java,scala,apache-commons-math

Your problem comes from the Double type: java.lang.Double is expected while you use scala.Double. Simply try: val mapping = new java.util.ArrayList[Pair[Long, java.lang.Double]]() Then it should work since as you said yourself, ArrayList implements List....

java,apache-commons,apache-commons-math,bernoulli-probability

If you are actually using the distribution methods and performance is important, you should subclass AbstractIntegerDistribution. BinomialDistribution implements the distribution methods using numerical approximations via special functions. These computations carry some overhead and are not necessary in the degenerate (Bernoulli) case, where constants could be returned. As of version 3.4.1,...

java,cluster-analysis,dbscan,apache-commons-math

Try the version in ELKI instead. Apache commons math is unfortunately not very good. I moved away from commons-math because of various small issues. ELKI works much better for me. From a quick look, commons-math is still pretty dead when it comes to cluster analysis... it was last touched for...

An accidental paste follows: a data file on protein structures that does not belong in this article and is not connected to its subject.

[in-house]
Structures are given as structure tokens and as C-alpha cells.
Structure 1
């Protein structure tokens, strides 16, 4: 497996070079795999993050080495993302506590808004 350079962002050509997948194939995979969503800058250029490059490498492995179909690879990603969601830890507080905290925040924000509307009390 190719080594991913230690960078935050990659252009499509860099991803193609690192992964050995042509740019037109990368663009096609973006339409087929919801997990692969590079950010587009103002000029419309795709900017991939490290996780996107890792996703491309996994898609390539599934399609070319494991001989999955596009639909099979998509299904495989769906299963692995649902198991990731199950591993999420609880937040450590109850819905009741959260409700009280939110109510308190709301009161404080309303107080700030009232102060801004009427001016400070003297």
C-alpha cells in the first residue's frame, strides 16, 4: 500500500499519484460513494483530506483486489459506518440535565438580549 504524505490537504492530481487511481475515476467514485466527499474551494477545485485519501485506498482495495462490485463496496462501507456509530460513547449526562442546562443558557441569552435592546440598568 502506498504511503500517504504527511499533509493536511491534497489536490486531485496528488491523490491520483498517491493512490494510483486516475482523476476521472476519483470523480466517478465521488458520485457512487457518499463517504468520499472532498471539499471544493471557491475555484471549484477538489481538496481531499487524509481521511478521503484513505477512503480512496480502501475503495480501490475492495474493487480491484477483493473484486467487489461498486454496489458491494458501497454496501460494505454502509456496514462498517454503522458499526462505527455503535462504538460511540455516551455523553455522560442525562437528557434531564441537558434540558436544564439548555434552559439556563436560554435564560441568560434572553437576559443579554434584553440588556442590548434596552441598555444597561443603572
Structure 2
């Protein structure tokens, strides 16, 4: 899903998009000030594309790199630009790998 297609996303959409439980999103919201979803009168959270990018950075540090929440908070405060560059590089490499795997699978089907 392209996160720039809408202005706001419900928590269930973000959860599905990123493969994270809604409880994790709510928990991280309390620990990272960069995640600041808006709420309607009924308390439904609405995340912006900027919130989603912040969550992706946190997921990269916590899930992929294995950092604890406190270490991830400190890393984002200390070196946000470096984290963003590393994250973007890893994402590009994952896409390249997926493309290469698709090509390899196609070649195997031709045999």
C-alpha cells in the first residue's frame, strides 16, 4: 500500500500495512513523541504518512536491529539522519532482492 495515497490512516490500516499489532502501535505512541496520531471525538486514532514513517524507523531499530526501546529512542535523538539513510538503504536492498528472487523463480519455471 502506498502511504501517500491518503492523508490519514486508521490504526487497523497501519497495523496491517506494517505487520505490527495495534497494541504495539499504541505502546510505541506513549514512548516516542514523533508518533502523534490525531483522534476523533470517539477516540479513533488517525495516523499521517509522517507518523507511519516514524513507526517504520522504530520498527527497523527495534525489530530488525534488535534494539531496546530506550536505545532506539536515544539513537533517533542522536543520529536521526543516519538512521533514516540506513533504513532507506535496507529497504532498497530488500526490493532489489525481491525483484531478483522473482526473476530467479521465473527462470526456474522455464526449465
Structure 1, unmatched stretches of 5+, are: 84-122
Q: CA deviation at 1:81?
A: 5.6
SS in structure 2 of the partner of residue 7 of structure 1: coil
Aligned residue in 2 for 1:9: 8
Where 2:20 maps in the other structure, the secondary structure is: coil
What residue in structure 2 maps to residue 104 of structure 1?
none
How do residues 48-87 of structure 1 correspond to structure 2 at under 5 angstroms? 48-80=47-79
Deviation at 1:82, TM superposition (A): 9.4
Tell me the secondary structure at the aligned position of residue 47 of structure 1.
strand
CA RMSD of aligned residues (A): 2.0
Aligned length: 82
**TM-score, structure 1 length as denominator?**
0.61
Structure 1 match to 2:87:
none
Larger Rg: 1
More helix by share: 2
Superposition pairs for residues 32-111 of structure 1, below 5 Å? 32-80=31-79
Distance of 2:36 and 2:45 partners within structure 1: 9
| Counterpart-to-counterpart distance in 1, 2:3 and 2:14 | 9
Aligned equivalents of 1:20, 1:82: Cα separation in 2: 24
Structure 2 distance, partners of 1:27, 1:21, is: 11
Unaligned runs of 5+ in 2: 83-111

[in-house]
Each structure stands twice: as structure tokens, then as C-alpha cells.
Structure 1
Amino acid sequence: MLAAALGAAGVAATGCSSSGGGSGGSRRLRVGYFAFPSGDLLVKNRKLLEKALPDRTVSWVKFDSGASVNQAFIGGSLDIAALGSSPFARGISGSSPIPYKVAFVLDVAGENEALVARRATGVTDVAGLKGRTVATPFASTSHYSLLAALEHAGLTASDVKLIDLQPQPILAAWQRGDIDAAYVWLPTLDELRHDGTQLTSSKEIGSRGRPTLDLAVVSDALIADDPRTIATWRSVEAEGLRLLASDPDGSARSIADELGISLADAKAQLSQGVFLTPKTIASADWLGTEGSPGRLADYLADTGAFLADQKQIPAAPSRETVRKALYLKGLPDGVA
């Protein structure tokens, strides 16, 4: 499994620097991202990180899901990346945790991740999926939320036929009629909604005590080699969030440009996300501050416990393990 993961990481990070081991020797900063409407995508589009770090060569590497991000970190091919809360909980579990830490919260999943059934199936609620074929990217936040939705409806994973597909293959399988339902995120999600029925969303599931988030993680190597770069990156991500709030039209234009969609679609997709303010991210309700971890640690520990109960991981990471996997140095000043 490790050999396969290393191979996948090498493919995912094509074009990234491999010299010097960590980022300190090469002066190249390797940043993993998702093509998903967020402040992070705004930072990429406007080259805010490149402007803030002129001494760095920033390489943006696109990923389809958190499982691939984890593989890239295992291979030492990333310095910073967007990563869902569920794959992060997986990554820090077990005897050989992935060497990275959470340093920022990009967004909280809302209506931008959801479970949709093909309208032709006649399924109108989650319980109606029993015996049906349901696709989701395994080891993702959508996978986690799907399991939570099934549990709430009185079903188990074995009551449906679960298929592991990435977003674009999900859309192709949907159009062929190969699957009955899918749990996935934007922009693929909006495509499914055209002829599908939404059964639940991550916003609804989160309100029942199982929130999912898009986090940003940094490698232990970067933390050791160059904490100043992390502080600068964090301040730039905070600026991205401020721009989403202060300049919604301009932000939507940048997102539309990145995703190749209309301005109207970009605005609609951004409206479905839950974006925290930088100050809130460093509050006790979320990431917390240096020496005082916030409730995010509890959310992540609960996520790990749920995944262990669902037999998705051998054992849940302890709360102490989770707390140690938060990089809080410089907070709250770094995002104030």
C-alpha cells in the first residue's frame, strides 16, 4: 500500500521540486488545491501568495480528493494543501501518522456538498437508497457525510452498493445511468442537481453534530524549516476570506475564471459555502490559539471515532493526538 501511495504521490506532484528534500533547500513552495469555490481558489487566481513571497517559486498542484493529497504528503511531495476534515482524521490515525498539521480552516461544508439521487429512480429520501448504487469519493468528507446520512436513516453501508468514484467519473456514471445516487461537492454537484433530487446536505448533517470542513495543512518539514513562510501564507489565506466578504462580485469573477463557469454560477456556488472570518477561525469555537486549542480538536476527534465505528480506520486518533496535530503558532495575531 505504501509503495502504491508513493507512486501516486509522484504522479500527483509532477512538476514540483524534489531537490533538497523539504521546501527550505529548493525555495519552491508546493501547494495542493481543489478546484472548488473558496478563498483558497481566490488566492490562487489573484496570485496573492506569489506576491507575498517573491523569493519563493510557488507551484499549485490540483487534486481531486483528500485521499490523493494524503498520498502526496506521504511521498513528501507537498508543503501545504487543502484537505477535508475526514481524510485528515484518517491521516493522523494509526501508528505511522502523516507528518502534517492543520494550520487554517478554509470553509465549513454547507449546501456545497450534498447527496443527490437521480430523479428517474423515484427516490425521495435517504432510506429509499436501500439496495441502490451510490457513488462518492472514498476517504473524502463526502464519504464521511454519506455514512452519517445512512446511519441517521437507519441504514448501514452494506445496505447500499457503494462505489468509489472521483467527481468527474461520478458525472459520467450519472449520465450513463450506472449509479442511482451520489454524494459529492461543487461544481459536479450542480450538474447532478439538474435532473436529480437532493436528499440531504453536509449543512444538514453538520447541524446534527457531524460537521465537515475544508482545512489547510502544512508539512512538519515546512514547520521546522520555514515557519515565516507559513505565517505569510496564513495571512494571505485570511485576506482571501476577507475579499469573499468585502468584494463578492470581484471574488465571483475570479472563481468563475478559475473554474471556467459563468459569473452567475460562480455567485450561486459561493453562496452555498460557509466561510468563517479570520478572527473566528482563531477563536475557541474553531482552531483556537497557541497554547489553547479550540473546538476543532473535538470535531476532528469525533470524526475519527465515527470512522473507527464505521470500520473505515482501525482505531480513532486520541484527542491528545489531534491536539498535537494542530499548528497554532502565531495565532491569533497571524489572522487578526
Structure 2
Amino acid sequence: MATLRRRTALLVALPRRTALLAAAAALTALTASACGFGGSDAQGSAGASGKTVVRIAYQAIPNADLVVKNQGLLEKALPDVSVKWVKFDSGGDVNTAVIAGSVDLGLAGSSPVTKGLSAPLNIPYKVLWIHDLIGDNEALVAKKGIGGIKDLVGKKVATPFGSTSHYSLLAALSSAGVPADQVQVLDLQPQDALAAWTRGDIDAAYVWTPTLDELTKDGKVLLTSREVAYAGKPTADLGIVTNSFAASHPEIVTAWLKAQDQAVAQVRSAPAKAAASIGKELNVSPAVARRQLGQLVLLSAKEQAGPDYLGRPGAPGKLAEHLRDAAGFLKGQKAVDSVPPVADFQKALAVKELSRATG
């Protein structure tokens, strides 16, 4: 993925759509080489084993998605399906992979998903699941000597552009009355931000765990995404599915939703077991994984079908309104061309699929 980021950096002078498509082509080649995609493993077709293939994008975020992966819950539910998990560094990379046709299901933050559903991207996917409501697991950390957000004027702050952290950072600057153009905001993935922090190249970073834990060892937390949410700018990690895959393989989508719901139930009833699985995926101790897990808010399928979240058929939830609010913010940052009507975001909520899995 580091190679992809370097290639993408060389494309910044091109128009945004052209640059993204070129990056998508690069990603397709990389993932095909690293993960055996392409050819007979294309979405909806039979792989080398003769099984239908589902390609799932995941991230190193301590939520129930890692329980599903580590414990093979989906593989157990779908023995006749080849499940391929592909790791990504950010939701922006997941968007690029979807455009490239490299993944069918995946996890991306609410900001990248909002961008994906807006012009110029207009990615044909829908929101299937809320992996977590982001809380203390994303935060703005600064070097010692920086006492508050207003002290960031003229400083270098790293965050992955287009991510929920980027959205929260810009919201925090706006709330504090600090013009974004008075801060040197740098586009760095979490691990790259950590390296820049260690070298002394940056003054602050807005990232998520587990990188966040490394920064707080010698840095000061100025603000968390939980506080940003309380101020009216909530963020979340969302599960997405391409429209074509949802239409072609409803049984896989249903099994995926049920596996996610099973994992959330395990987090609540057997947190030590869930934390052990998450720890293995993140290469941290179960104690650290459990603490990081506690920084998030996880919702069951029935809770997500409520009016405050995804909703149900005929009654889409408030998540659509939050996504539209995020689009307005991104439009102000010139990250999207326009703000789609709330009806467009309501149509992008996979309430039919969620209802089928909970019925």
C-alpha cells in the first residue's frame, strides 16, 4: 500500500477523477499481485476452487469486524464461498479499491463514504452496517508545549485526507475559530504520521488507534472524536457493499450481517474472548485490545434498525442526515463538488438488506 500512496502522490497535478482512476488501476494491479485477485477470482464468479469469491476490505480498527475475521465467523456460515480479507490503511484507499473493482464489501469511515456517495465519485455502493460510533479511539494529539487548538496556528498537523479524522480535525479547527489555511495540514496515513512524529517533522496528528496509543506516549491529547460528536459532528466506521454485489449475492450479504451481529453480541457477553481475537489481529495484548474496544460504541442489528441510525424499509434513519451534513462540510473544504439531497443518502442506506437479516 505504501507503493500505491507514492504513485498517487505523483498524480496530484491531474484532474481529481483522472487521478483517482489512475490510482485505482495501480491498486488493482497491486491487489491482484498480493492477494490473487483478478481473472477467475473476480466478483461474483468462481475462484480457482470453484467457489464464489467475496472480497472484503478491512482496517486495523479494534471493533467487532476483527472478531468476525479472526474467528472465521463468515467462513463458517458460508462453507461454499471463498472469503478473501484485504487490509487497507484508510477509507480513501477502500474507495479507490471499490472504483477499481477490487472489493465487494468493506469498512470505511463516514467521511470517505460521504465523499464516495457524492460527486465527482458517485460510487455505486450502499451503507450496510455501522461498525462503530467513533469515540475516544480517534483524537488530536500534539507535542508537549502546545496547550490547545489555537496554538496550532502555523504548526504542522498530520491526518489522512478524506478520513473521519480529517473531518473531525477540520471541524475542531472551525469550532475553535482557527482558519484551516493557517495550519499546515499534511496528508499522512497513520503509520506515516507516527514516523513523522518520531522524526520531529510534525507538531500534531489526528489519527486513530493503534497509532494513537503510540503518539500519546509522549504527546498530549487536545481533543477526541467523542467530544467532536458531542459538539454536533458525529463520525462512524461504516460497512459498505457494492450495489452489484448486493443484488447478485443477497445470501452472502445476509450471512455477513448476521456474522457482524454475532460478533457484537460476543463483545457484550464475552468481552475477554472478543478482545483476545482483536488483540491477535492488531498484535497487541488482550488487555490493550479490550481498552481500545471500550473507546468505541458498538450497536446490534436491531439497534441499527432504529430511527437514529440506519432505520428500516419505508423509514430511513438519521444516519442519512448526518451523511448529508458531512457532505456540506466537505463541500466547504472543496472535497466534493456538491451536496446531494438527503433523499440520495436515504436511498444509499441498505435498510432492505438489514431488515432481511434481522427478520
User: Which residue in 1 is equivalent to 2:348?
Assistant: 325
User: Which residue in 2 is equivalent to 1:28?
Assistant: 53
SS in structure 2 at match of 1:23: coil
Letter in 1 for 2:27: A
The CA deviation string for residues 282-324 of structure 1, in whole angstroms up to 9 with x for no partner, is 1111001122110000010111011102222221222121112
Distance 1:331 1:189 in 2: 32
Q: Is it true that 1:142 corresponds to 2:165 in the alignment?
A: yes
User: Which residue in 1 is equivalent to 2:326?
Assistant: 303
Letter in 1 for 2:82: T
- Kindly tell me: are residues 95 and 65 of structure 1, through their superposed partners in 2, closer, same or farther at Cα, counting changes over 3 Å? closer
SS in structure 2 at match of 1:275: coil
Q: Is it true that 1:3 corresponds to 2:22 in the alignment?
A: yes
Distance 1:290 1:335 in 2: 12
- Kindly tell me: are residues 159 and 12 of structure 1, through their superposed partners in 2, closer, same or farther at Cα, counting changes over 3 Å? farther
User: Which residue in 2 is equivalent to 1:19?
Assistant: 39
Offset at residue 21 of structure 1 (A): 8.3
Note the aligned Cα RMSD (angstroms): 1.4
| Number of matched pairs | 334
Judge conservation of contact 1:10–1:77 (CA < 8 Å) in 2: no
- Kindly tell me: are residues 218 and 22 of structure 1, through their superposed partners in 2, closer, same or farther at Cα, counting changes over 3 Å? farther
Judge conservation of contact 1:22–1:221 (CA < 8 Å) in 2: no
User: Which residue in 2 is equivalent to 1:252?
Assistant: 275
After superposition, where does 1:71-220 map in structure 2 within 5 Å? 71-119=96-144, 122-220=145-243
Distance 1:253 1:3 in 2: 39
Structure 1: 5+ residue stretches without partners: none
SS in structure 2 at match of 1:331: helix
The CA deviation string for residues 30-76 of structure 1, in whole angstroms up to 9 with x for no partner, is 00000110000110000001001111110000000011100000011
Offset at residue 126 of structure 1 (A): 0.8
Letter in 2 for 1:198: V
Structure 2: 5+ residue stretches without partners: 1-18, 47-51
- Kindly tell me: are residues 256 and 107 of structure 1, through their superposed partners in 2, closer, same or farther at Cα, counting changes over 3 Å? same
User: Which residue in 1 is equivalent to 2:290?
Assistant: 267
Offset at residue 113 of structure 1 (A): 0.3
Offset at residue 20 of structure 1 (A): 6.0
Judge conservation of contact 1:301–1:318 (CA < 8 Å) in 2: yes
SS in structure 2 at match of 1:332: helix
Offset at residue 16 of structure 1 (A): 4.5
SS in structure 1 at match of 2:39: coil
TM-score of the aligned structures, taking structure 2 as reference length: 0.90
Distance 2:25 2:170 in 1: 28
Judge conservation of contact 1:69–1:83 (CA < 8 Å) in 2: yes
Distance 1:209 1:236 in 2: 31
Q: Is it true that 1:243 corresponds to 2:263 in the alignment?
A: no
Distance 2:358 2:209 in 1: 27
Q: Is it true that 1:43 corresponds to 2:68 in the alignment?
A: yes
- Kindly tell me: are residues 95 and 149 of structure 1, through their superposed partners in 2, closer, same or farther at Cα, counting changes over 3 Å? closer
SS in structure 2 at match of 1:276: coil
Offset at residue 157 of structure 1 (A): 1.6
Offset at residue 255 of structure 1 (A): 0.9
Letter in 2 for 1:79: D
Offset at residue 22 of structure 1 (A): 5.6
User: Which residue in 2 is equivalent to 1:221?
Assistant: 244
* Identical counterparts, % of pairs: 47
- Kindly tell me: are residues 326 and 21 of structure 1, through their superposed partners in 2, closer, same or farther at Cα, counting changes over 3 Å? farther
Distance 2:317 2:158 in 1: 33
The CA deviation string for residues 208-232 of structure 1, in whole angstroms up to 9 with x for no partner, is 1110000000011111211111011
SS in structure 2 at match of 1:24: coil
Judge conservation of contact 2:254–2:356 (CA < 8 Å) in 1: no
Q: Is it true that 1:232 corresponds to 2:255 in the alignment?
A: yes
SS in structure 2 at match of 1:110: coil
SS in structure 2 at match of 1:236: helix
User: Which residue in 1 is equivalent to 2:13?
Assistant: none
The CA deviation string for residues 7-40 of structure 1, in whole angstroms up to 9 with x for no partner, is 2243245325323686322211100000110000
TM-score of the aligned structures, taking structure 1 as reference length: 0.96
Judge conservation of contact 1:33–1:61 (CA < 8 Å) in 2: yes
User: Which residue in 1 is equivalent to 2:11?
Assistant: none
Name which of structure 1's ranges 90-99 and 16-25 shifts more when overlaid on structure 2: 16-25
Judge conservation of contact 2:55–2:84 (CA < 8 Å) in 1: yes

java,apache-commons,apache-commons-math

This import: import org.apache.commons.math3.stat.descriptive.SummaryStatistics.*; doesn't import SummaryStatistics itself, just any classes defined within that class. Add: import org.apache.commons.math3.stat.descriptive.SummaryStatistics; as well....

java,mathematical-optimization,apache-commons-math

Polynomials are special functions (in the general sense of "special") and have lots of distinctive, useful properties. My advice is to exploit those properties instead of trying to use a method for more general functions. Specifically, the extreme values of a polynomial are the roots of its derivative (where the...

I don't know the library, but looking at the Javadoc I think this should do the trick: Y = new SparseFieldMatrix(ComplexField.getInstance()); ...

apache,math,apache-commons-math

Note that the smallest value which can be subtracted from 1.0 to yield something less than 1.0 is approximately 1e-16; you can verify this directly. Maybe you should print out chisq.cumulativeProbability(131) itself. I don't know if it's correct but in any case let's not confuse the issue by subtracting it...

java,vector,apache-commons-math

This is the dot product, which you can do with double c = a.dotProduct(b);